So far, there have been no signs of dealers packing up and heading elsewhere on political grounds. “Hong Kong has been unique in its positioning as a gateway to the international and mainland Chinese markets for many years,” Perrotin said. “We remain optimistic about it.”
“We are completely behind Hong Kong, because Hong Kong has been very good to us,” Lehmann said, while admitting, like everyone, “I don’t know how it’s going to go.”
Belgian collector Alain Servais said that he would feel uncomfortable visiting the city, given comments he has made on social media about China in the past. “I would consider positively a move of Art Basel to Korea or Taiwan,” he said, “but I am not naive, the negative and revengeful reaction of Beijing to such a move would make it a no-go for Art Basel because of the power and influence of Chinese collectors in the region.”
“There is a point at which such an erosion of progress makes a city untenable for the art businesses that exist there,” Glimcher said. “I don’t think that’s happened in Hong Kong. The example of that is Moscow. We were all going to Moscow three times a year.”
Regardless, that cost differential is notable. “Why spend those huge rents on the Pedder Building in Hong Kong and Central [the city’s business nexus], and get these tiny spaces, when you can have something really quite nice in Seoul?” said Iain Robertson, head of art business studies at Sotheby’s Institute of Art in London. He was referring to the century-old Beaux-Arts tower, currently home to branches of global galleries like Gagosian, Simon Lee, and Lehmann Maupin. To cover that overhead, he said, “you can only sell Picassos and Hirsts, really.”
In April, the New York Times reported that China was prepping tax breaks to keep companies loyal to Hong Kong. For art firms weighing their options, the city has the advantage of hosting a global fair, which began when Art Basel took over the annual Art HK in 2013. But Frieze, the London-based fair that also does shows in New York and Los Angeles, has been eyeing Seoul. In May, after months of speculation, it announced that it would stage a September fair in Seoul in 2022, with about 100 galleries, to coincide with the Korea Galleries Association’s annual Korea International Art Fair, which runs each fall at Coex.
Frieze could shift energy from Hong Kong to Seoul. It could also bring new vigor to KIAF, which is the most high-profile market event of the year in Korea, but one that is still dominated by local exhibitors. At the 2019 edition (the 2020 outing was scuttled by a corona spike), only about a third of the booths featured exhibitors without a South Korean presence. Quipped Robertson, “It’s called the Korea International Art Fair. It’s anything but international.”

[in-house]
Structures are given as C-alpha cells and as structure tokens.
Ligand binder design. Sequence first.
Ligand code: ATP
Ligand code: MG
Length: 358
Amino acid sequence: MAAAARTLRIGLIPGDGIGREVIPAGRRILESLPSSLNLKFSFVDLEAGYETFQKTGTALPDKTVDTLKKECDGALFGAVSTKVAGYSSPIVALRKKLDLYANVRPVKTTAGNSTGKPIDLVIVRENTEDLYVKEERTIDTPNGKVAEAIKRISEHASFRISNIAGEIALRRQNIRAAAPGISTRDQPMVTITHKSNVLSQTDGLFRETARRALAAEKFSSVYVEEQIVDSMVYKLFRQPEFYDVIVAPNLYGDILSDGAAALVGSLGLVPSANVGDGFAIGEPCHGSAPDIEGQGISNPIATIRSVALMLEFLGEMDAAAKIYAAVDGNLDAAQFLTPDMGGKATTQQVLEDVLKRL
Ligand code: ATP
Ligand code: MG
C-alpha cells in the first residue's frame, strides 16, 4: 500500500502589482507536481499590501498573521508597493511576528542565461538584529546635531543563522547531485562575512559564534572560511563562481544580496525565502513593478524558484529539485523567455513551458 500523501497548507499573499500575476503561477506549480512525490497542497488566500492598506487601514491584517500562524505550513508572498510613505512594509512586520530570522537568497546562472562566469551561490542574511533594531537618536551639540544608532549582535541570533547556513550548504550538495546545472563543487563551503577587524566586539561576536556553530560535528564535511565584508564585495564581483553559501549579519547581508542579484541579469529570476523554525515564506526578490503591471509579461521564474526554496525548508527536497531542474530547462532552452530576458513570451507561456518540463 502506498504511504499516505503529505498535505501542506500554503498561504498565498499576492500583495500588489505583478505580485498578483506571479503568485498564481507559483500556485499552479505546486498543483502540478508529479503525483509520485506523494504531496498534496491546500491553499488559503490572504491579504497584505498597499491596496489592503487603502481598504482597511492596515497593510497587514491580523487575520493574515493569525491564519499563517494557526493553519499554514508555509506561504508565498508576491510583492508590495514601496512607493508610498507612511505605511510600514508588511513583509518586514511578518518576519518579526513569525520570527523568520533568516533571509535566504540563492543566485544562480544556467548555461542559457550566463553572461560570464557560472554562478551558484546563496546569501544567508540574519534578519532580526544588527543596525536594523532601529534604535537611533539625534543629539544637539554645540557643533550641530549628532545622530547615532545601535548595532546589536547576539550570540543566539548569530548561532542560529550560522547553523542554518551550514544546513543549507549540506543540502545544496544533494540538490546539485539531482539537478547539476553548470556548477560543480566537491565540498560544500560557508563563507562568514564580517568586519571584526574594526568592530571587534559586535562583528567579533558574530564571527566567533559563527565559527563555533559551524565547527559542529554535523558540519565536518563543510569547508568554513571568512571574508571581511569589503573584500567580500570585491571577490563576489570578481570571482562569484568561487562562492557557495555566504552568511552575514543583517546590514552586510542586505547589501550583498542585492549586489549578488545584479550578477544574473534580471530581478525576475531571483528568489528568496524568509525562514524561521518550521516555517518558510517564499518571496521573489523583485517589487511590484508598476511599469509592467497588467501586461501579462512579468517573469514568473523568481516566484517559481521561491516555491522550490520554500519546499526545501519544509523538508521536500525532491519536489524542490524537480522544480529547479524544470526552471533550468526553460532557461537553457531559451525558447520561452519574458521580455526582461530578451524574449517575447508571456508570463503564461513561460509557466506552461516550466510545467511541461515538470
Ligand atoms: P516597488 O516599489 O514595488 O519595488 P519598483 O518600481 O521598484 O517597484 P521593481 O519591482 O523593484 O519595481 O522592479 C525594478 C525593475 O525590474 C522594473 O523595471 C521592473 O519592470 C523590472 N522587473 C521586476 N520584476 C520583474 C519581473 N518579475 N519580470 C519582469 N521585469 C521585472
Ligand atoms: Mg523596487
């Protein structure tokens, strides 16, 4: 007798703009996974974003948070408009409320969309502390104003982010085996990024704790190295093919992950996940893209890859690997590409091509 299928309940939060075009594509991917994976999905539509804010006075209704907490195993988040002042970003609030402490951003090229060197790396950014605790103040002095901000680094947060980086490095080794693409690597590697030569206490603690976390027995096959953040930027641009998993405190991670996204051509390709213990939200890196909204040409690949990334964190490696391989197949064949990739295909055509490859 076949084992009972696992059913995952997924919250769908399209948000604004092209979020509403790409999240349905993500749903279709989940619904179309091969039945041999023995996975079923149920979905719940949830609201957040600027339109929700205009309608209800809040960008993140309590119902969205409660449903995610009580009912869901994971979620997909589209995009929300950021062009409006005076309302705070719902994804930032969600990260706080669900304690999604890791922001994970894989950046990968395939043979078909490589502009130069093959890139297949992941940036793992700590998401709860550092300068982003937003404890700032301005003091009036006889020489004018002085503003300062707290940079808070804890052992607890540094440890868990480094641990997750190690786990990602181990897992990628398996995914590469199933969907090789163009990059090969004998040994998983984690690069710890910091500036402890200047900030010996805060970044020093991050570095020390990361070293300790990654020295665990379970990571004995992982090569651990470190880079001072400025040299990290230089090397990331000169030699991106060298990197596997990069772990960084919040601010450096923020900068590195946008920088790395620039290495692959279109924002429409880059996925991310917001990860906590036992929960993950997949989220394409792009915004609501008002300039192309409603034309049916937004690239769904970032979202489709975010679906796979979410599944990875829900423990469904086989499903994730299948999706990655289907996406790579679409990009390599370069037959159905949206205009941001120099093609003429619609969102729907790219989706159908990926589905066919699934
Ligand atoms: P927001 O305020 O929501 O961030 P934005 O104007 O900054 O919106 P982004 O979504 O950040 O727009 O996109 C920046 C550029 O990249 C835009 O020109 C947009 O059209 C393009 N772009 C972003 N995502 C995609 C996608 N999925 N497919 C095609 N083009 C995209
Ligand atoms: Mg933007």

Of course, it takes more than well-capitalized companies and plucky entrepreneurs, whether foreign or domestic, to make a vital arts center. It takes solid art schools (check, in the form of Hongik, Seoul National, Korea National, and others). Alternative venues help too, and they have proliferated, aided by government grants and diverse funding models.
“We don’t do sales,” Sangjin Kim, director of a space called Out_Sight, said wryly. “We want to, but it’s not really easy.” There’s a wide divide between the commercial sector, where collectors buy, and the experimental realm, where they do not, in his view, and the gallery he runs with his wife, Jinho Lim, is very much in the latter category.
Kim, an artist, converted his basement workspace in lively Daehangno into Out_Sight in 2016, and has staged intrepid shows by untested artists. Proceeds from Kim’s own art sometimes go toward the gallery. “Yeah, we waste the money on this space,”
he said, laughing.
Public funding covers a portion of the budget. An Out_Sight show earlier this year by Dew Kim (who also goes by HornyHoneydew) featured rather graphic videos and sculptures made of bondage toys.
As the Korean art world grows, its denizens face the same challenges that their colleagues are dealing with elsewhere in the world: how to sustain it. Mega-galleries can generate buzz and get money flowing through the system, but long-term health requires a broad base of players. Asked about all the dealers who have been landing in town, Kim said matter-of-factly, “Although they’re in Seoul, for most young artists, that’s a different world.”
The same could be said of the Lees, the high-flying Samsung family that embodies so much of the glory and tumult of recent Korean history. Seoul-based art critic Dong-Yeon Koh called them “pioneers of art collecting in South Korea.” They are also notoriously secretive, even by the cloak-and-dagger standards of the chaebol, the family-run conglomerates that dominate many industries in the country. The National Museum and the MMCA have announced that they are readying shows devoted to Lee Kun-hee’s collections. There is no telling who might visit those exhibitions, decide to become a collector, and keep Seoul’s momentum going.